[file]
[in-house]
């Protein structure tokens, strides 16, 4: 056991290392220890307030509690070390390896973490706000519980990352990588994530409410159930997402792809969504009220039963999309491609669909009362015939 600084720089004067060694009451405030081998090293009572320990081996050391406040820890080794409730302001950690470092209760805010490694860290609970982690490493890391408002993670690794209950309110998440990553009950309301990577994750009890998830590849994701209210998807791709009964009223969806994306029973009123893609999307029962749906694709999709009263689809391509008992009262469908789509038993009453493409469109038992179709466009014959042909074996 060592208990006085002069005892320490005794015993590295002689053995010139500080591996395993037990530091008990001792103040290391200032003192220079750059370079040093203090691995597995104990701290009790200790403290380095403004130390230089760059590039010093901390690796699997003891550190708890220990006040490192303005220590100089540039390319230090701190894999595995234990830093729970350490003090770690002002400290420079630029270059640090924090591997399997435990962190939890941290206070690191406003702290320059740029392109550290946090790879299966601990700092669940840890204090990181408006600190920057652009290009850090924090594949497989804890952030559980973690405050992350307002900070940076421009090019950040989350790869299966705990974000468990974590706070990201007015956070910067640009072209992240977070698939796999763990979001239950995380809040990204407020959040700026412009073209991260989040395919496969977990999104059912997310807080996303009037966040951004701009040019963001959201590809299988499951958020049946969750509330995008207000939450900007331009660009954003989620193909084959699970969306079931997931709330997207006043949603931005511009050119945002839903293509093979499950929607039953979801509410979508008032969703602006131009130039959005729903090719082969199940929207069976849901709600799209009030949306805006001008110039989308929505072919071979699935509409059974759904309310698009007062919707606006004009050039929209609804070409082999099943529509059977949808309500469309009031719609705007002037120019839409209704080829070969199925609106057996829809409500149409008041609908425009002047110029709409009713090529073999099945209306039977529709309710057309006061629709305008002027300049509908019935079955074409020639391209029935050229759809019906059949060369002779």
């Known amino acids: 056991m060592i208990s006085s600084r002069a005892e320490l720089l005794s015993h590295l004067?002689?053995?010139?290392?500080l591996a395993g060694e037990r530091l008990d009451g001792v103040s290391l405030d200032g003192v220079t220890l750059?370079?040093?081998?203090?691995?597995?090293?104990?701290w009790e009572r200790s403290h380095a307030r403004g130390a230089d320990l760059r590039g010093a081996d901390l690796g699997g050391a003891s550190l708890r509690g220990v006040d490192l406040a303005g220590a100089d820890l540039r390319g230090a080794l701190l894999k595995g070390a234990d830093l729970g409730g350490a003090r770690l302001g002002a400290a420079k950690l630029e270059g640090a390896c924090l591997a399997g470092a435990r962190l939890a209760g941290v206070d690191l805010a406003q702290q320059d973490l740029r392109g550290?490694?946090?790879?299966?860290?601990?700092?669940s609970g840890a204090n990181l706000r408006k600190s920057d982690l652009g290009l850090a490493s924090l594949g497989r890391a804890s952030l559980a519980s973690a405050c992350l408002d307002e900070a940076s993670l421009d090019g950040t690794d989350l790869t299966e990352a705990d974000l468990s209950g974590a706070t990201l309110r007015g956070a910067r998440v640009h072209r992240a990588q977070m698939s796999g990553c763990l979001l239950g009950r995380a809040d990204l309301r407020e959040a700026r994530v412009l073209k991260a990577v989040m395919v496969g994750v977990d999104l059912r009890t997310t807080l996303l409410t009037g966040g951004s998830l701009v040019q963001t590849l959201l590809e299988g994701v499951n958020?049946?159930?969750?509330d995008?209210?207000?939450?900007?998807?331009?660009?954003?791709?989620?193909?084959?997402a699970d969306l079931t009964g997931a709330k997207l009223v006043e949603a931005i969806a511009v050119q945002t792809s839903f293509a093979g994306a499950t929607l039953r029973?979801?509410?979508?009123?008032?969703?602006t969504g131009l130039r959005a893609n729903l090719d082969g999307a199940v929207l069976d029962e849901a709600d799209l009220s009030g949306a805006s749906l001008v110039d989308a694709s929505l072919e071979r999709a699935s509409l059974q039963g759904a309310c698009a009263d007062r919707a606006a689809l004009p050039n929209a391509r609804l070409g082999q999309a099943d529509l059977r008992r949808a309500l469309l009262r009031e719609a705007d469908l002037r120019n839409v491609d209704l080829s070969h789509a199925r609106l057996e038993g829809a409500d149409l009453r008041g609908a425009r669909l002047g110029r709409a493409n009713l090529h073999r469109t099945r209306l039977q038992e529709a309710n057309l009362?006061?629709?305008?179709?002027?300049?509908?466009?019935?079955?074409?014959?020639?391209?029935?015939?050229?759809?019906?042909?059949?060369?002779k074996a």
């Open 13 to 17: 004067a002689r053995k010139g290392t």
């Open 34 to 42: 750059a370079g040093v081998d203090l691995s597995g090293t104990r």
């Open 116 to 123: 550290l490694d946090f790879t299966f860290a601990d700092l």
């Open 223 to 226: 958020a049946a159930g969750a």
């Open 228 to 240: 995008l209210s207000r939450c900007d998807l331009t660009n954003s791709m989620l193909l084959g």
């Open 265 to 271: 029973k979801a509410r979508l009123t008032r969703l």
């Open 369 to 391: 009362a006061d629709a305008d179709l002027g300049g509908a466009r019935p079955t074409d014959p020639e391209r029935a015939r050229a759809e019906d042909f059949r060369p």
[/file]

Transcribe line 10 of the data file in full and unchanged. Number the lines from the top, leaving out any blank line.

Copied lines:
């Open 369 to 391: 009362a006061d629709a305008d179709l002027g300049g509908a466009r019935p079955t074409d014959p020639e391209r029935a015939r050229a759809e019906d042909f059949r060369p």